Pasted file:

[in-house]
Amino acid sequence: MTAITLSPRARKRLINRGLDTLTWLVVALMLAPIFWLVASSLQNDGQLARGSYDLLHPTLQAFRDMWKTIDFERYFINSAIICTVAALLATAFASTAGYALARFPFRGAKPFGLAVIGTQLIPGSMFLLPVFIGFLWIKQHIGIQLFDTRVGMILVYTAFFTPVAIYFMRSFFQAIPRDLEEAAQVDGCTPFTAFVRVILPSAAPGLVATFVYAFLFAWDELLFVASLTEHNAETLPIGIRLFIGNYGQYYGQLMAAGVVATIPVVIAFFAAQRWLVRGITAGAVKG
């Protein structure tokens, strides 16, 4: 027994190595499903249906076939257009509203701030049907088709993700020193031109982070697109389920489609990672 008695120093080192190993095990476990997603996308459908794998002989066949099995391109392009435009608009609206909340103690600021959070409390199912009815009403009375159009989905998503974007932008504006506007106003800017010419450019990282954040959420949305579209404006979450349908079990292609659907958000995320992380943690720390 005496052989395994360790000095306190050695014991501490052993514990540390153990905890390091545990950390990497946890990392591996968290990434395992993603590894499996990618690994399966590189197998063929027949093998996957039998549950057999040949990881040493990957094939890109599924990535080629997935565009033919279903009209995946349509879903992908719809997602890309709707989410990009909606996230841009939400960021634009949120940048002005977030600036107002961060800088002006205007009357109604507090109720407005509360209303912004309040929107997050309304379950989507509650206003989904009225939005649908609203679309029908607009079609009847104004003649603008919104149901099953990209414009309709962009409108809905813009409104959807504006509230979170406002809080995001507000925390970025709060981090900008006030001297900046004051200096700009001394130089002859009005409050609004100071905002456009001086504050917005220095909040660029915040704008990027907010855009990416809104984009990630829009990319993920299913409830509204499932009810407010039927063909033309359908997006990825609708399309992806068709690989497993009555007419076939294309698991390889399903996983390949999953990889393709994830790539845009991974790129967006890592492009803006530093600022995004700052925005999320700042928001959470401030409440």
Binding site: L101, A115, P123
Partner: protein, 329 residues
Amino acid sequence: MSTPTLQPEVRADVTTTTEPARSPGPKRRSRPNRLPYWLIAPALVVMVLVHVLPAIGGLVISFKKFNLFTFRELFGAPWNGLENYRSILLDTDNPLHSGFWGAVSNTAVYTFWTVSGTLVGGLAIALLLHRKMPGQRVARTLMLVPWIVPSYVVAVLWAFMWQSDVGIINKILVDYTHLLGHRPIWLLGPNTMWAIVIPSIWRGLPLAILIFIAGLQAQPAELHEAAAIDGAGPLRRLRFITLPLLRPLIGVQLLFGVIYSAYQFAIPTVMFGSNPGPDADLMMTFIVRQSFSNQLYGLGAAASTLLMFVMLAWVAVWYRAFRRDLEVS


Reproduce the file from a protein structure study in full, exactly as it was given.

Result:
[in-house]
Amino acid sequence: MTAITLSPRARKRLINRGLDTLTWLVVALMLAPIFWLVASSLQNDGQLARGSYDLLHPTLQAFRDMWKTIDFERYFINSAIICTVAALLATAFASTAGYALARFPFRGAKPFGLAVIGTQLIPGSMFLLPVFIGFLWIKQHIGIQLFDTRVGMILVYTAFFTPVAIYFMRSFFQAIPRDLEEAAQVDGCTPFTAFVRVILPSAAPGLVATFVYAFLFAWDELLFVASLTEHNAETLPIGIRLFIGNYGQYYGQLMAAGVVATIPVVIAFFAAQRWLVRGITAGAVKG
């Protein structure tokens, strides 16, 4: 027994190595499903249906076939257009509203701030049907088709993700020193031109982070697109389920489609990672 008695120093080192190993095990476990997603996308459908794998002989066949099995391109392009435009608009609206909340103690600021959070409390199912009815009403009375159009989905998503974007932008504006506007106003800017010419450019990282954040959420949305579209404006979450349908079990292609659907958000995320992380943690720390 005496052989395994360790000095306190050695014991501490052993514990540390153990905890390091545990950390990497946890990392591996968290990434395992993603590894499996990618690994399966590189197998063929027949093998996957039998549950057999040949990881040493990957094939890109599924990535080629997935565009033919279903009209995946349509879903992908719809997602890309709707989410990009909606996230841009939400960021634009949120940048002005977030600036107002961060800088002006205007009357109604507090109720407005509360209303912004309040929107997050309304379950989507509650206003989904009225939005649908609203679309029908607009079609009847104004003649603008919104149901099953990209414009309709962009409108809905813009409104959807504006509230979170406002809080995001507000925390970025709060981090900008006030001297900046004051200096700009001394130089002859009005409050609004100071905002456009001086504050917005220095909040660029915040704008990027907010855009990416809104984009990630829009990319993920299913409830509204499932009810407010039927063909033309359908997006990825609708399309992806068709690989497993009555007419076939294309698991390889399903996983390949999953990889393709994830790539845009991974790129967006890592492009803006530093600022995004700052925005999320700042928001959470401030409440």
Binding site: L101, A115, P123
Partner: protein, 329 residues
Amino acid sequence: MSTPTLQPEVRADVTTTTEPARSPGPKRRSRPNRLPYWLIAPALVVMVLVHVLPAIGGLVISFKKFNLFTFRELFGAPWNGLENYRSILLDTDNPLHSGFWGAVSNTAVYTFWTVSGTLVGGLAIALLLHRKMPGQRVARTLMLVPWIVPSYVVAVLWAFMWQSDVGIINKILVDYTHLLGHRPIWLLGPNTMWAIVIPSIWRGLPLAILIFIAGLQAQPAELHEAAAIDGAGPLRRLRFITLPLLRPLIGVQLLFGVIYSAYQFAIPTVMFGSNPGPDADLMMTFIVRQSFSNQLYGLGAAASTLLMFVMLAWVAVWYRAFRRDLEVS